Description: The Fusion ENgineering International eXperiments (FENIX) Test Facility recently has successfully complete the testing of a pair of Nb{sub 3}rSn cable-in-conduit conductors developed by the Japan Atomic Energy Research Institute. These conductors, made of bronze-processed strands, were designed to operate stably with 40-kA transport current at a magnetic field of 13 T. In addition to the measurements of major design parameters such as current-sharing temperature, FENIX provided several experiments specifically designed to provide results urgently needed by magnet designers. Performed experiments include measurements of ramp-rate limit, current-distribution, stability, and joint performance. This paper presents the design and results of these special experiments.
Date: October 13, 1994
Creator: Shen, S.S.; Felker, B.; Moller, J.M.; Parker, J.M.; Isono, T.; Yasukawa, Y. et al.
Partner: UNT Libraries Government Documents Department

Tritium containment in the dust and debris of plasma-facing materials produced during operations

Description: Tritium behavior in plasma-facing components of future tokamak reactors such as ITER is an essential factor in evaluating and choosing a successful candidate for a plasma-facing material (PFM). One important parameter that influence tritium build-up and release in the Generated dust of PFMs is the effect of material porosity on tritium behavior. Diffusion in porous materials, for example, consists of three different diffusion processes: along grain boundaries, along micro-crystallites, and diffusion in pure structure crystallites. A model is developed to evaluate and assess the sensitivity of tritium accumulation and permeation of candidate materials due to porosity. Specific laboratory experiments relevant to reactor conditions, in currently existing and available facilities, are required to help in selecting the best candidate material.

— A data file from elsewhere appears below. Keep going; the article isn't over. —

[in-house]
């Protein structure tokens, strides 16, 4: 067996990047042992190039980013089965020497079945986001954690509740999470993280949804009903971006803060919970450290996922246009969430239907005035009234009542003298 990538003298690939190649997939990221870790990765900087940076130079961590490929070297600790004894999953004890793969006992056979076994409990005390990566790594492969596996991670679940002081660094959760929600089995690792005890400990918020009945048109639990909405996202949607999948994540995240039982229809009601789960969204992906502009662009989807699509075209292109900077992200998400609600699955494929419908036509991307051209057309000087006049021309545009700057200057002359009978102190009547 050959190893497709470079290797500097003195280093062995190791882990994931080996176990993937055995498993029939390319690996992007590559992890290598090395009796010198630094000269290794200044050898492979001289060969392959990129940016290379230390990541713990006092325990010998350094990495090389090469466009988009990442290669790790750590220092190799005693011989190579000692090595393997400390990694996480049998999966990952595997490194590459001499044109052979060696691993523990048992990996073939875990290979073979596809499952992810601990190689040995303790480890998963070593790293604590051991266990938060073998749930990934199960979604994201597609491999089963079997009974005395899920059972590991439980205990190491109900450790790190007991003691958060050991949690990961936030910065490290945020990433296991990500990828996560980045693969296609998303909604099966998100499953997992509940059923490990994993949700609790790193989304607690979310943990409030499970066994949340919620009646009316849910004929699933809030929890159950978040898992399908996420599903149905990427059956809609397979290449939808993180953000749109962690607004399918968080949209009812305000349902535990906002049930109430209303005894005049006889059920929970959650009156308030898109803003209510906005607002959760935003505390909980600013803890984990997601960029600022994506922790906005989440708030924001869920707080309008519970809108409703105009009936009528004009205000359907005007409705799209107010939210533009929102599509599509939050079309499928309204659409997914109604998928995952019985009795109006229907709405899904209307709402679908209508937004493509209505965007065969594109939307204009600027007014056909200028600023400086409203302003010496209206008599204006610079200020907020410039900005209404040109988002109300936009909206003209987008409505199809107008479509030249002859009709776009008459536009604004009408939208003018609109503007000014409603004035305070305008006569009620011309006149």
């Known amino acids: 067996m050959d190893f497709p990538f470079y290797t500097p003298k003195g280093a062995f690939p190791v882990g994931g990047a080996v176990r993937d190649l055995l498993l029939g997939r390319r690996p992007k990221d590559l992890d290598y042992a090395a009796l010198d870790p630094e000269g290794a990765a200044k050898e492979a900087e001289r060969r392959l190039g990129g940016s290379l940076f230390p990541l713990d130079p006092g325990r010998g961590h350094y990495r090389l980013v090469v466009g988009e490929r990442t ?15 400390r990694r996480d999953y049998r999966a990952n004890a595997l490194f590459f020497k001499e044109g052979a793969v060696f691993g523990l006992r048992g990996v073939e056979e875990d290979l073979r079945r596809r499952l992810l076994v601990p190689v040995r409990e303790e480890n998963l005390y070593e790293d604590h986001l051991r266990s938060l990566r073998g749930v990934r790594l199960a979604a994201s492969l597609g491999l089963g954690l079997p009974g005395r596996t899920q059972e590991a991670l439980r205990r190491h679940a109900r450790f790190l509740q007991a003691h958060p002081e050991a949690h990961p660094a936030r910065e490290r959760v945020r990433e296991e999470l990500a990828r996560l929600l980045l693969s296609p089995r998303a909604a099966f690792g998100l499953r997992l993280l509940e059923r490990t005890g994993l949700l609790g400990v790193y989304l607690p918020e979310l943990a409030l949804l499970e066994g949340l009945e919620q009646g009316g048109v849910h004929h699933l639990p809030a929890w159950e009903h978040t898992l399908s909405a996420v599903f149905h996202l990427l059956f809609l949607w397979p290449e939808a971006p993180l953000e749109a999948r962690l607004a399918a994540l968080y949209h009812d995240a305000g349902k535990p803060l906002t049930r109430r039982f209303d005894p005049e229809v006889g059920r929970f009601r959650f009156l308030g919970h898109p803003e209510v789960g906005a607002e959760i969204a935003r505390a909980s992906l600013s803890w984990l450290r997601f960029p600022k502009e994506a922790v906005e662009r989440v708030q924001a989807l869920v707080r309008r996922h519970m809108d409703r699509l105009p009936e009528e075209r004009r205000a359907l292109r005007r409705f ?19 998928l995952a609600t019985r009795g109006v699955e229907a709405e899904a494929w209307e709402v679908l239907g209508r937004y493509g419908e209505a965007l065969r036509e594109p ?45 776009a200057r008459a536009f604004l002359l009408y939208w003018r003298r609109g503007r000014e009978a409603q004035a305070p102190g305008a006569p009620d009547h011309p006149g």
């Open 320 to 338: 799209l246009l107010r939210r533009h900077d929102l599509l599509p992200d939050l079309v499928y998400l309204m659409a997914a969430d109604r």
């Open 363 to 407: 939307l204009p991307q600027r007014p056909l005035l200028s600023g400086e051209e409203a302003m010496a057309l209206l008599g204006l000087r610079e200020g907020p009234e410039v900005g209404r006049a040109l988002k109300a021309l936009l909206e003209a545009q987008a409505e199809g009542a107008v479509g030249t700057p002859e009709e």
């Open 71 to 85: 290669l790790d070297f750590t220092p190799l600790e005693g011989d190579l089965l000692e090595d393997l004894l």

Date: September 1, 1996
Creator: Konkashbaev, I.; Grebenshikov, J. & Hassanein, A.
Partner: UNT Libraries Government Documents Department

IFMIF test cell design issues

Description: The International Fusion Materials Irradiation Facility (IFMIF) project was started in 1994 under sponsorship of the International Energy Agency (IEA). This project, which is in its conceptual design phase, is aimed at fulfilling the need for a high-flux. high-fluence neutron irradiation facility for fusion materials research and development. Initial assessments of the materials testing needs have shown that the testing space provided in the high-flux region of the IFMIF Test Cell is adequate for development of a data base for the engineering design of a demonstration fusion power-producing-reactor (DEMO). Using the proposed set of miniaturized test specimens, compact test module configurations have been developed for several reference loadings. The test modules have been integrated into a test assembly that includes the coolant flow system for the test modules, instrumentation and control equipment, and a shield to minimize activation to ancillary areas of the IFMIF facility. These test assemblies are configured to facilitate installation, removal, and transport to hot cells using remote handling equipment.